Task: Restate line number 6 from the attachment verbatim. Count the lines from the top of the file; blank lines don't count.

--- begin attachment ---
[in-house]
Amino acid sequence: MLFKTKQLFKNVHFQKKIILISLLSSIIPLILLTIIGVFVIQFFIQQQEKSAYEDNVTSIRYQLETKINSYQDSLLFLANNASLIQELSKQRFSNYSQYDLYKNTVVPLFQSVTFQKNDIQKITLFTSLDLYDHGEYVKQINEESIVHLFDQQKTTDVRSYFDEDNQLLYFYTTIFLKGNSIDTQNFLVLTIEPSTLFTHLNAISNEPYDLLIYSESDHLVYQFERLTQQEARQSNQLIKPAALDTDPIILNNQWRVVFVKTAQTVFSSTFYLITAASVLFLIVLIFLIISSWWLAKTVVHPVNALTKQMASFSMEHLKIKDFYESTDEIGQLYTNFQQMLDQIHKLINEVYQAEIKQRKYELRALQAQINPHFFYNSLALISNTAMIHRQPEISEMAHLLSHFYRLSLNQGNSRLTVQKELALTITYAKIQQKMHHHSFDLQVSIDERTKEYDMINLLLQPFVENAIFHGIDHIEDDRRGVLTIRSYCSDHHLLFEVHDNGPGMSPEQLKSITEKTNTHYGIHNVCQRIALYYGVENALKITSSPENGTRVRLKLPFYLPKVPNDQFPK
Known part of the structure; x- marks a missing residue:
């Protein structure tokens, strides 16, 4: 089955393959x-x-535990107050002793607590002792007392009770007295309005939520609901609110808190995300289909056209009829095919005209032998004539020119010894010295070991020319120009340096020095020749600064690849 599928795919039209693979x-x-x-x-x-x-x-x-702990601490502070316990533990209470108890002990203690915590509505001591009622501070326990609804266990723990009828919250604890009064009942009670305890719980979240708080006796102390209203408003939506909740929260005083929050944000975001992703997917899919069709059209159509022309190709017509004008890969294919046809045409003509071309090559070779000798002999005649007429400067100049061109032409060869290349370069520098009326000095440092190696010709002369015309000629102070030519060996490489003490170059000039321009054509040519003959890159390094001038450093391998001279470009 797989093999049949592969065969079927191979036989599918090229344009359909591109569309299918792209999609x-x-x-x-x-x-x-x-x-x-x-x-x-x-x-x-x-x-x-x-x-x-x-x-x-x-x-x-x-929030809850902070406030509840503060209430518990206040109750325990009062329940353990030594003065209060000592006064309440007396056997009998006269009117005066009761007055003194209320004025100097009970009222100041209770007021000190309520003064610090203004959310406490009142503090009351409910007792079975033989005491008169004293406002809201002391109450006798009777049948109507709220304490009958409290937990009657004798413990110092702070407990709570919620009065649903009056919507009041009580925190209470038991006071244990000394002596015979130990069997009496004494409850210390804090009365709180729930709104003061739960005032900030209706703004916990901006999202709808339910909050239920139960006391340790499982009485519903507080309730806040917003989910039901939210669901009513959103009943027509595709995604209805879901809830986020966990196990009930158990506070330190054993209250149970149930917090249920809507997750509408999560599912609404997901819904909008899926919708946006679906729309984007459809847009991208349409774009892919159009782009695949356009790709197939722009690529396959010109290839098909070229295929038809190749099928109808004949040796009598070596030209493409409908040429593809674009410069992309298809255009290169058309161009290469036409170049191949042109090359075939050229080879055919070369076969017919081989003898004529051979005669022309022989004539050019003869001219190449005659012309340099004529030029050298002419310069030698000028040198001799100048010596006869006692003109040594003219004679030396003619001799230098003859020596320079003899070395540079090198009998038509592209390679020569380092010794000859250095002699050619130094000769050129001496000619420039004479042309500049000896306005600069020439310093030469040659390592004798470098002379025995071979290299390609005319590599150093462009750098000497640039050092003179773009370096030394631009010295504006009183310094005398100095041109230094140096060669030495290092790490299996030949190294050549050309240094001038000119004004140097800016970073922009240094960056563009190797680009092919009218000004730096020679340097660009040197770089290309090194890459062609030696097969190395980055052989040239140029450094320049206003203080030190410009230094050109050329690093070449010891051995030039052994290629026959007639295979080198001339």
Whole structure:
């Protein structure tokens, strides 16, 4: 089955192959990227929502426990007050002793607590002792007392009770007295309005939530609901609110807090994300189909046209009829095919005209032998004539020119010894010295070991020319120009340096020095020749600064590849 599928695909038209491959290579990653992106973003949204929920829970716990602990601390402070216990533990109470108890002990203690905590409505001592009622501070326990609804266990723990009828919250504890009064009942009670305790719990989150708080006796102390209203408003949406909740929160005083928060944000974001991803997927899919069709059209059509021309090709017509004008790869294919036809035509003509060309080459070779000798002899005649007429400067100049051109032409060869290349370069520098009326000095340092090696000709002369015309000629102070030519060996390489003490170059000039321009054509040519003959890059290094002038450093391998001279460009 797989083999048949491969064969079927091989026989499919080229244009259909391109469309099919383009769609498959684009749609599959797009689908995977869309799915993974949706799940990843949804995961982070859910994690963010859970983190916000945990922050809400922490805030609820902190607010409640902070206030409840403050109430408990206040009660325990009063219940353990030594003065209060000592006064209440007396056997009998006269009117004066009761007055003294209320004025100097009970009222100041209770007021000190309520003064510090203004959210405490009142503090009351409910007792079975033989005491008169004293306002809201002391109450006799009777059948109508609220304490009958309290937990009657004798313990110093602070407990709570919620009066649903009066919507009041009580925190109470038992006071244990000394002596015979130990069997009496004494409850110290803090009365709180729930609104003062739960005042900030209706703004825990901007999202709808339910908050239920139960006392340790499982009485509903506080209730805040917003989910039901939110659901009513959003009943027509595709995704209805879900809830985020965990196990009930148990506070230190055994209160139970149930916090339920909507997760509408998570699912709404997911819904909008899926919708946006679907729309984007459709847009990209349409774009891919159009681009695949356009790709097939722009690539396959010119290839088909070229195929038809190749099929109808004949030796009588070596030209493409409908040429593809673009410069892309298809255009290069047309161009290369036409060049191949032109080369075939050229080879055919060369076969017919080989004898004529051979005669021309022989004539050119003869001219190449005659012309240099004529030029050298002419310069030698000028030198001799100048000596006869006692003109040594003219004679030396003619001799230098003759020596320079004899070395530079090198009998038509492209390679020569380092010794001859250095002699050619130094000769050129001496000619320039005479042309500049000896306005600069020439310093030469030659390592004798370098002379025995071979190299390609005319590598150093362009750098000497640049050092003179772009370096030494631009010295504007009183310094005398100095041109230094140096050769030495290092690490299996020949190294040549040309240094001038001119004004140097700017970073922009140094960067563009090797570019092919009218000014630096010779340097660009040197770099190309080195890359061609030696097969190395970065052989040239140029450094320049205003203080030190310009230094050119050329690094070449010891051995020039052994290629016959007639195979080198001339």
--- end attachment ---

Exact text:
């Protein structure tokens, strides 16, 4: 089955192959990227929502426990007050002793607590002792007392009770007295309005939530609901609110807090994300189909046209009829095919005209032998004539020119010894010295070991020319120009340096020095020749600064590849 599928695909038209491959290579990653992106973003949204929920829970716990602990601390402070216990533990109470108890002990203690905590409505001592009622501070326990609804266990723990009828919250504890009064009942009670305790719990989150708080006796102390209203408003949406909740929160005083928060944000974001991803997927899919069709059209059509021309090709017509004008790869294919036809035509003509060309080459070779000798002899005649007429400067100049051109032409060869290349370069520098009326000095340092090696000709002369015309000629102070030519060996390489003490170059000039321009054509040519003959890059290094002038450093391998001279460009 797989083999048949491969064969079927091989026989499919080229244009259909391109469309099919383009769609498959684009749609599959797009689908995977869309799915993974949706799940990843949804995961982070859910994690963010859970983190916000945990922050809400922490805030609820902190607010409640902070206030409840403050109430408990206040009660325990009063219940353990030594003065209060000592006064209440007396056997009998006269009117004066009761007055003294209320004025100097009970009222100041209770007021000190309520003064510090203004959210405490009142503090009351409910007792079975033989005491008169004293306002809201002391109450006799009777059948109508609220304490009958309290937990009657004798313990110093602070407990709570919620009066649903009066919507009041009580925190109470038992006071244990000394002596015979130990069997009496004494409850110290803090009365709180729930609104003062739960005042900030209706703004825990901007999202709808339910908050239920139960006392340790499982009485509903506080209730805040917003989910039901939110659901009513959003009943027509595709995704209805879900809830985020965990196990009930148990506070230190055994209160139970149930916090339920909507997760509408998570699912709404997911819904909008899926919708946006679907729309984007459709847009990209349409774009891919159009681009695949356009790709097939722009690539396959010119290839088909070229195929038809190749099929109808004949030796009588070596030209493409409908040429593809673009410069892309298809255009290069047309161009290369036409060049191949032109080369075939050229080879055919060369076969017919080989004898004529051979005669021309022989004539050119003869001219190449005659012309240099004529030029050298002419310069030698000028030198001799100048000596006869006692003109040594003219004679030396003619001799230098003759020596320079004899070395530079090198009998038509492209390679020569380092010794001859250095002699050619130094000769050129001496000619320039005479042309500049000896306005600069020439310093030469030659390592004798370098002379025995071979190299390609005319590598150093362009750098000497640049050092003179772009370096030494631009010295504007009183310094005398100095041109230094140096050769030495290092690490299996020949190294040549040309240094001038001119004004140097700017970073922009140094960067563009090797570019092919009218000014630096010779340097660009040197770099190309080195890359061609030696097969190395970065052989040239140029450094320049205003203080030190310009230094050119050329690094070449010891051995020039052994290629016959007639195979080198001339």